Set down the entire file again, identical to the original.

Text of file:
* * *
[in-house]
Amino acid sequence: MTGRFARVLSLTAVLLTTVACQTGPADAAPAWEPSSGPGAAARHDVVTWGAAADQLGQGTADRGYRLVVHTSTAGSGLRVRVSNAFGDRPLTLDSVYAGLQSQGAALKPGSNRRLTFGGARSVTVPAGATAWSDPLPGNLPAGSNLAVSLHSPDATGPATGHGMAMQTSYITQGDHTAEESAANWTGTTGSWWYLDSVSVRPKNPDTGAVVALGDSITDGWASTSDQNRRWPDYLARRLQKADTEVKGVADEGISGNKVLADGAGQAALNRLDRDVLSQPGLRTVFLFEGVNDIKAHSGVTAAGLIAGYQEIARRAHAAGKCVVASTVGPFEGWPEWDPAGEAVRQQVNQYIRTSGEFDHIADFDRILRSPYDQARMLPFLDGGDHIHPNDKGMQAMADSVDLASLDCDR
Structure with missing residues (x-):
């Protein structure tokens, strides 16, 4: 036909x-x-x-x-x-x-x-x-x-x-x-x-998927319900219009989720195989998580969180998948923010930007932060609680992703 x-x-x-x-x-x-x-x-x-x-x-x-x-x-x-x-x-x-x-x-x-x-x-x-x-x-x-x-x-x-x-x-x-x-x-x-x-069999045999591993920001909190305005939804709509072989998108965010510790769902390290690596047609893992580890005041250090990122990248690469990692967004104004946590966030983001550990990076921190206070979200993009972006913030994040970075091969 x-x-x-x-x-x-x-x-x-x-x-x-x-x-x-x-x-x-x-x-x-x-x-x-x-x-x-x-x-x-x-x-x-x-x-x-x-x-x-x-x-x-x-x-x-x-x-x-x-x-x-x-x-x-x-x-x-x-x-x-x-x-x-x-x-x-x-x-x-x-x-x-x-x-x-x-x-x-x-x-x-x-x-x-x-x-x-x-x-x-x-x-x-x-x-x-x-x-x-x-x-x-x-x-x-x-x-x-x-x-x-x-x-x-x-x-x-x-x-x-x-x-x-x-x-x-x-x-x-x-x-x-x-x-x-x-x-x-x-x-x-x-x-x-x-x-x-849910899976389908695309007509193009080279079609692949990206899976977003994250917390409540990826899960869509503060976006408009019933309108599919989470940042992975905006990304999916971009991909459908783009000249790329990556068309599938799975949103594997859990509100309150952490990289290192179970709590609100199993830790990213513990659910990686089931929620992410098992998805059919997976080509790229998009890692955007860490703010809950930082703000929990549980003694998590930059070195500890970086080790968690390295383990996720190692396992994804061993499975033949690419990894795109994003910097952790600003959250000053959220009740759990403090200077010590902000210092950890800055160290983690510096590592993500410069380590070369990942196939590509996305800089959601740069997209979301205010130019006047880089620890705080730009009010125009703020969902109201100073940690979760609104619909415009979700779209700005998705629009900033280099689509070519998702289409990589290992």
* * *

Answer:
[in-house]
Amino acid sequence: MTGRFARVLSLTAVLLTTVACQTGPADAAPAWEPSSGPGAAARHDVVTWGAAADQLGQGTADRGYRLVVHTSTAGSGLRVRVSNAFGDRPLTLDSVYAGLQSQGAALKPGSNRRLTFGGARSVTVPAGATAWSDPLPGNLPAGSNLAVSLHSPDATGPATGHGMAMQTSYITQGDHTAEESAANWTGTTGSWWYLDSVSVRPKNPDTGAVVALGDSITDGWASTSDQNRRWPDYLARRLQKADTEVKGVADEGISGNKVLADGAGQAALNRLDRDVLSQPGLRTVFLFEGVNDIKAHSGVTAAGLIAGYQEIARRAHAAGKCVVASTVGPFEGWPEWDPAGEAVRQQVNQYIRTSGEFDHIADFDRILRSPYDQARMLPFLDGGDHIHPNDKGMQAMADSVDLASLDCDR
Structure with missing residues (x-):
């Protein structure tokens, strides 16, 4: 036909x-x-x-x-x-x-x-x-x-x-x-x-998927319900219009989720195989998580969180998948923010930007932060609680992703 x-x-x-x-x-x-x-x-x-x-x-x-x-x-x-x-x-x-x-x-x-x-x-x-x-x-x-x-x-x-x-x-x-x-x-x-x-069999045999591993920001909190305005939804709509072989998108965010510790769902390290690596047609893992580890005041250090990122990248690469990692967004104004946590966030983001550990990076921190206070979200993009972006913030994040970075091969 x-x-x-x-x-x-x-x-x-x-x-x-x-x-x-x-x-x-x-x-x-x-x-x-x-x-x-x-x-x-x-x-x-x-x-x-x-x-x-x-x-x-x-x-x-x-x-x-x-x-x-x-x-x-x-x-x-x-x-x-x-x-x-x-x-x-x-x-x-x-x-x-x-x-x-x-x-x-x-x-x-x-x-x-x-x-x-x-x-x-x-x-x-x-x-x-x-x-x-x-x-x-x-x-x-x-x-x-x-x-x-x-x-x-x-x-x-x-x-x-x-x-x-x-x-x-x-x-x-x-x-x-x-x-x-x-x-x-x-x-x-x-x-x-x-x-x-849910899976389908695309007509193009080279079609692949990206899976977003994250917390409540990826899960869509503060976006408009019933309108599919989470940042992975905006990304999916971009991909459908783009000249790329990556068309599938799975949103594997859990509100309150952490990289290192179970709590609100199993830790990213513990659910990686089931929620992410098992998805059919997976080509790229998009890692955007860490703010809950930082703000929990549980003694998590930059070195500890970086080790968690390295383990996720190692396992994804061993499975033949690419990894795109994003910097952790600003959250000053959220009740759990403090200077010590902000210092950890800055160290983690510096590592993500410069380590070369990942196939590509996305800089959601740069997209979301205010130019006047880089620890705080730009009010125009703020969902109201100073940690979760609104619909415009979700779209700005998705629009900033280099689509070519998702289409990589290992």